Immerse yourself in the natural splendour of these stunning destinations.
Dive deep in Antarctica
The frozen continent has held humankind in thrall from the earliest days of polar exploration. As the modern world marches on, the wilds of Antarctica remain a bucket-list experience that is best had on water. From the mesmerising iridescent monuments of blue-tinged ice to the teeming wildlife of this protected wilderness, Antarctica remains the world’s last frontier, with its waters accessible by ship for only five months of the year (November through March). It’s a place that will spark even the most well-travelled imagination.
These days, Antarctica can be explored as few people have seen it: under water at a depth of 300 metres, in a custom-built submarine. Once the exclusive domain of scientists, the region’s big blue can now be experienced by adventure-seekers, thanks to Scenic’s high-tech ocean-going pod, housed on board its luxury vessel Scenic Eclipse. Seating just six guests, Scenic Neptune is a front-row ticket to the mysteries of the icy deep, where you can thrill to the sight of curious leopard seals and penguins and wonder at the ethereal beauty of anemones, urchins and sea stars.
The experience will reach another level later this year, when Crystal Cruises launches Crystal Endeavor. The most spacious purpose-built polar-class expedition yacht in the world, it will come complete with 18 electric Zodiacs, a seven-seater submarine and a remotely operated vehicle, believed to be the most technically advanced underwater scooter of its kind. However, in true adventuring spirit, it’s the journey that makes a trip to this captivating place so unforgettable. Cruising the Southern Ocean – home to a diverse range of marine mammals – is as integral to the Antarctic experience as its moving galleries of ice sculptures, epic glaciers and chattering colonies of penguins and seabirds that inhabit this pristine environment. The two-day crossing of the notoriously rough Drake Passage remains a boast-worthy achievement, while the moody hues of the Antarctic Peninsula are a lesson in abstract Impressionism.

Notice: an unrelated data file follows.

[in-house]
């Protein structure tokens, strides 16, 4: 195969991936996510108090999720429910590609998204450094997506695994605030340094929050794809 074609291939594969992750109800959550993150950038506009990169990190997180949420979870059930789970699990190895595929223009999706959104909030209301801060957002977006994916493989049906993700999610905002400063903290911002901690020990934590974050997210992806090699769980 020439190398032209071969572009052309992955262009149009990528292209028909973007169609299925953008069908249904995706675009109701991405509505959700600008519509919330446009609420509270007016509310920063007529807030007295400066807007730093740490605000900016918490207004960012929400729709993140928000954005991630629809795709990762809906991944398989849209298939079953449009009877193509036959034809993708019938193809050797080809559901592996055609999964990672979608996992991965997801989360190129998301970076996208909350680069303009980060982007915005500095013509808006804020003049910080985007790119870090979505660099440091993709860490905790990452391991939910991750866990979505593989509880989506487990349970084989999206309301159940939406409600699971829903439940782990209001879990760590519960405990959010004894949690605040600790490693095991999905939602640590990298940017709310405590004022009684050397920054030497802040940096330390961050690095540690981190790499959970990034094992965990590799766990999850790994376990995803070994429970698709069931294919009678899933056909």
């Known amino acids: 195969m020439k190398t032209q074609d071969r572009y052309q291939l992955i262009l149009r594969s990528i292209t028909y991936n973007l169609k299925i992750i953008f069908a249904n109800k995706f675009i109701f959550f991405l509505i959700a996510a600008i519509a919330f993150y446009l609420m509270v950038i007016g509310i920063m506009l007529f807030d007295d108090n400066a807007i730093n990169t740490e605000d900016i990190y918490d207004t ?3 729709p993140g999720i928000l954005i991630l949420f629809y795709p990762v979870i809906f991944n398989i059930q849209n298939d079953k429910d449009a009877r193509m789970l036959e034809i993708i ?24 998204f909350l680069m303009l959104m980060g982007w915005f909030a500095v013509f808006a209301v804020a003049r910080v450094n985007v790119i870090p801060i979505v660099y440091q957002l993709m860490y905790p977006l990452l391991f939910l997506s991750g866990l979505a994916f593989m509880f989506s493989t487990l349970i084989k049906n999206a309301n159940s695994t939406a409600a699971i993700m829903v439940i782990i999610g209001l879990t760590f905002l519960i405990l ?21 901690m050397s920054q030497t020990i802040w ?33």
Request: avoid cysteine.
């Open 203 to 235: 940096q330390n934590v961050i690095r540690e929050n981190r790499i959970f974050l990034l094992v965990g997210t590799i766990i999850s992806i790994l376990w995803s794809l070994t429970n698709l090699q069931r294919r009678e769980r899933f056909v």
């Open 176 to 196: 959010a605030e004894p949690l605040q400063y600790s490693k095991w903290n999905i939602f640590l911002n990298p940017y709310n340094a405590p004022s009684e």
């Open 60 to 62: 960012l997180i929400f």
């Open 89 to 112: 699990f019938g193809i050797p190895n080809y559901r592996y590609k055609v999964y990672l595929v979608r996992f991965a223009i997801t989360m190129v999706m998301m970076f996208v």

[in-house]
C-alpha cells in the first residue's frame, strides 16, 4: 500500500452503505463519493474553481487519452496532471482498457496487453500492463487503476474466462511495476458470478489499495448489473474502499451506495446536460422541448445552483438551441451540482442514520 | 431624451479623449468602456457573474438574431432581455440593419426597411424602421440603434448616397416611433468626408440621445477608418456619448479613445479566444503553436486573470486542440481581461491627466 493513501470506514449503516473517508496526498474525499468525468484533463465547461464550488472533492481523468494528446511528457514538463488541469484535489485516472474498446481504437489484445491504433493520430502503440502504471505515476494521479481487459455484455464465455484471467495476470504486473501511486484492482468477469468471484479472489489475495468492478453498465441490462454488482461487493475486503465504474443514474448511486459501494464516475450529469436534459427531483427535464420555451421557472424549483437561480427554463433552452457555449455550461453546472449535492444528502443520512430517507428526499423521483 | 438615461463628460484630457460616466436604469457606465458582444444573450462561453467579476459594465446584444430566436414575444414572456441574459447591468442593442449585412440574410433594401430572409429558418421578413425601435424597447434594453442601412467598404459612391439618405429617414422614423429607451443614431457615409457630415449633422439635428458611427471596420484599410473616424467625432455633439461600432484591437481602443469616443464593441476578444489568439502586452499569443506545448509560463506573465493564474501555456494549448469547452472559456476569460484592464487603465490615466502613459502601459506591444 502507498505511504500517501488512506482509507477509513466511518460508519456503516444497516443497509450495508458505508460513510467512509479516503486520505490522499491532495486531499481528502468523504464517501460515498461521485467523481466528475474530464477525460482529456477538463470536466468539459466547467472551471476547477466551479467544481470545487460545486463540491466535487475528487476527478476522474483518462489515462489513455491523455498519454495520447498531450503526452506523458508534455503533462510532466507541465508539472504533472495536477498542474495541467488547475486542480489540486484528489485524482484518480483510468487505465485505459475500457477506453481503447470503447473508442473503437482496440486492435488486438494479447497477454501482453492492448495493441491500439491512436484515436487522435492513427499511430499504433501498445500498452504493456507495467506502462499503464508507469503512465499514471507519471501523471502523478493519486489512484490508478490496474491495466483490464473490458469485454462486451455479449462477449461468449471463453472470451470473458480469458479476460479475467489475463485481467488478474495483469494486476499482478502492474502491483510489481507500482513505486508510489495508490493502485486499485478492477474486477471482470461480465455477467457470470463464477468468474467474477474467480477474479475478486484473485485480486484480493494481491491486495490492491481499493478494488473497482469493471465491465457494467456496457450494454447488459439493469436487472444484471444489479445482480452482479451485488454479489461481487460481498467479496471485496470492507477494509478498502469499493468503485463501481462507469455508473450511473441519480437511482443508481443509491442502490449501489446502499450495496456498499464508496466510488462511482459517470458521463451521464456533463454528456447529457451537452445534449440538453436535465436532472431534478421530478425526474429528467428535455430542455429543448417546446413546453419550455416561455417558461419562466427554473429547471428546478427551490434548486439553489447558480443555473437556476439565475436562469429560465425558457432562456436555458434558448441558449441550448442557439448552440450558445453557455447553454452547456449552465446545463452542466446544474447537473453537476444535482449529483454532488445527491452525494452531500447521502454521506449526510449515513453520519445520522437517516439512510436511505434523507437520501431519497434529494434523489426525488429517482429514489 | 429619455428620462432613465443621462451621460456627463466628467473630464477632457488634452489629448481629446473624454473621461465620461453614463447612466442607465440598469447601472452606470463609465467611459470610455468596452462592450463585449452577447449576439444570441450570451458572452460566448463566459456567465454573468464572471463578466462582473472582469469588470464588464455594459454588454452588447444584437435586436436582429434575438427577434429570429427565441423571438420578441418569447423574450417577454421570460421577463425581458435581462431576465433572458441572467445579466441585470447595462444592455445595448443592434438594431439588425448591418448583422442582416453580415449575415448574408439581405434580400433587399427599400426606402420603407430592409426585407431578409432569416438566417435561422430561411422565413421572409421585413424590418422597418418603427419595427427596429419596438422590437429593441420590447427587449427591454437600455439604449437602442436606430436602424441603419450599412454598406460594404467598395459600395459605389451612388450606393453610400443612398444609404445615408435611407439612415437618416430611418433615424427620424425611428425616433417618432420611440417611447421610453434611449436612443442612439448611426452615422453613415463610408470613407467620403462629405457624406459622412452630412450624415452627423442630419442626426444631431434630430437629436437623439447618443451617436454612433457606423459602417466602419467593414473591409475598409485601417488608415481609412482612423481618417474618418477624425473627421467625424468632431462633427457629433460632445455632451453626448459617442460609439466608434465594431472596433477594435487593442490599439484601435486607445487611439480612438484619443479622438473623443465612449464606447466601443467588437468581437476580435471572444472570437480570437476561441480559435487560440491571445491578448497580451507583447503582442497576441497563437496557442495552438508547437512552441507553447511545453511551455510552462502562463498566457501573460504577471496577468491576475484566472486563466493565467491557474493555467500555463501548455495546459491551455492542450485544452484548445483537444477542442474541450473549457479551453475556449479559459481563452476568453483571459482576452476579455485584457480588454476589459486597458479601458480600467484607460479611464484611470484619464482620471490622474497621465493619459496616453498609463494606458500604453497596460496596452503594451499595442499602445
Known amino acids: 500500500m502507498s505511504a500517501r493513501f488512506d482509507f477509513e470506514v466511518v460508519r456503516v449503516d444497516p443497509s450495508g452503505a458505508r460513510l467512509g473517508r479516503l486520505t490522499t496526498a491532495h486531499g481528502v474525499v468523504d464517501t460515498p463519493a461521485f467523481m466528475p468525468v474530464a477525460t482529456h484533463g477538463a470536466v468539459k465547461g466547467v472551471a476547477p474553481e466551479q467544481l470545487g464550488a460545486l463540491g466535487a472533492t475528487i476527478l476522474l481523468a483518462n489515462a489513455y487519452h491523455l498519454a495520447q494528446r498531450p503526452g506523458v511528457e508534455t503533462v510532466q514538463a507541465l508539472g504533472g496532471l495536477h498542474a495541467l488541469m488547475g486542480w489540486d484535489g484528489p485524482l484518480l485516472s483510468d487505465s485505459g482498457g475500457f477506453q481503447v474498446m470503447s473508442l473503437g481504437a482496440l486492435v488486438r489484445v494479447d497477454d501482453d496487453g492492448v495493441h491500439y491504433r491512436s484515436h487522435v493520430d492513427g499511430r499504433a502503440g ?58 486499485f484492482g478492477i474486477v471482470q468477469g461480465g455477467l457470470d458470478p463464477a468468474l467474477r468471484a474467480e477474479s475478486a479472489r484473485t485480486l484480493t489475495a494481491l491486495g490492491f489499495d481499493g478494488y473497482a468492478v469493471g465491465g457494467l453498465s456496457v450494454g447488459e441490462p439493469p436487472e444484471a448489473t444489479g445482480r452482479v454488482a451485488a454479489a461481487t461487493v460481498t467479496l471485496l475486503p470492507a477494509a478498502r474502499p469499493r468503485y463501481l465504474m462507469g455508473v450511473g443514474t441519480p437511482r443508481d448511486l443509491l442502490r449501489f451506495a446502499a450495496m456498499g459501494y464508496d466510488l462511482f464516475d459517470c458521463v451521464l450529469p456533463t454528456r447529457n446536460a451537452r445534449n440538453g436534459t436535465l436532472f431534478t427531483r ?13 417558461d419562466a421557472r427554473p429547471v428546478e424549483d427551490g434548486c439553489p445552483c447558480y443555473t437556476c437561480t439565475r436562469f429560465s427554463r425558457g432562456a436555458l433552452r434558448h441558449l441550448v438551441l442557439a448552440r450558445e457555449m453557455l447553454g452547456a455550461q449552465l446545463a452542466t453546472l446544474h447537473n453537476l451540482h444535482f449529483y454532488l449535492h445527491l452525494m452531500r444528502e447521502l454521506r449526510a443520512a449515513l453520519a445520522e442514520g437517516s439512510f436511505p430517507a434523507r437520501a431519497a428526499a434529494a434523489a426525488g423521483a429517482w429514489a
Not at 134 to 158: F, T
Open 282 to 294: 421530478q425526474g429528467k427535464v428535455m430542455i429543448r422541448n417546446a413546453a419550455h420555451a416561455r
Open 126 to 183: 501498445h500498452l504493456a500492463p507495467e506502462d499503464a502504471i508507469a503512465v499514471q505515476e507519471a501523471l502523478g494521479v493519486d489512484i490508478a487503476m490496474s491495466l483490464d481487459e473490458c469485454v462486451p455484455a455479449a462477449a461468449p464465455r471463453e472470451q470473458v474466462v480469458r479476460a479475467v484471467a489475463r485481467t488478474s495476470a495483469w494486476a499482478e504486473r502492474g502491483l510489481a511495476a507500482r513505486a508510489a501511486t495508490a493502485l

This adventure-filled journey is undertaken in modern style with Silversea Cruises. Its Silver Cloud, recently refurbished as a luxury polar expedition vessel, comes equipped with a brand-new fleet of Zodiacs and kayaks for exploring polar waters, along with personal butlers adept at mixing the perfect pre-dinner Martini in your suite.
Walk on sacred ground in Rajasthan, India
In India, the land of ancient tales and mystical visions come to life, there is something extra-special about the state of Rajasthan. Sprawling across the country’s north-west and encompassing much of the beautiful Thar Desert, it’s a place of princely palaces and lavish forts where kings and maharajahs have chased immortality.
This combination of unique architecture and desert landscapes, along with vibrant cities such as Jodhpur and Udaipur, has made Rajasthan one of 2020’s trending travel destinations. Seeing the dusky-hued walls of a medieval fortress looming above fields and rugged hills in the light of a golden-setting sun is sublime; to spend the night in such a place, like the Alila Fort Bishangarh, is one for the bucket list.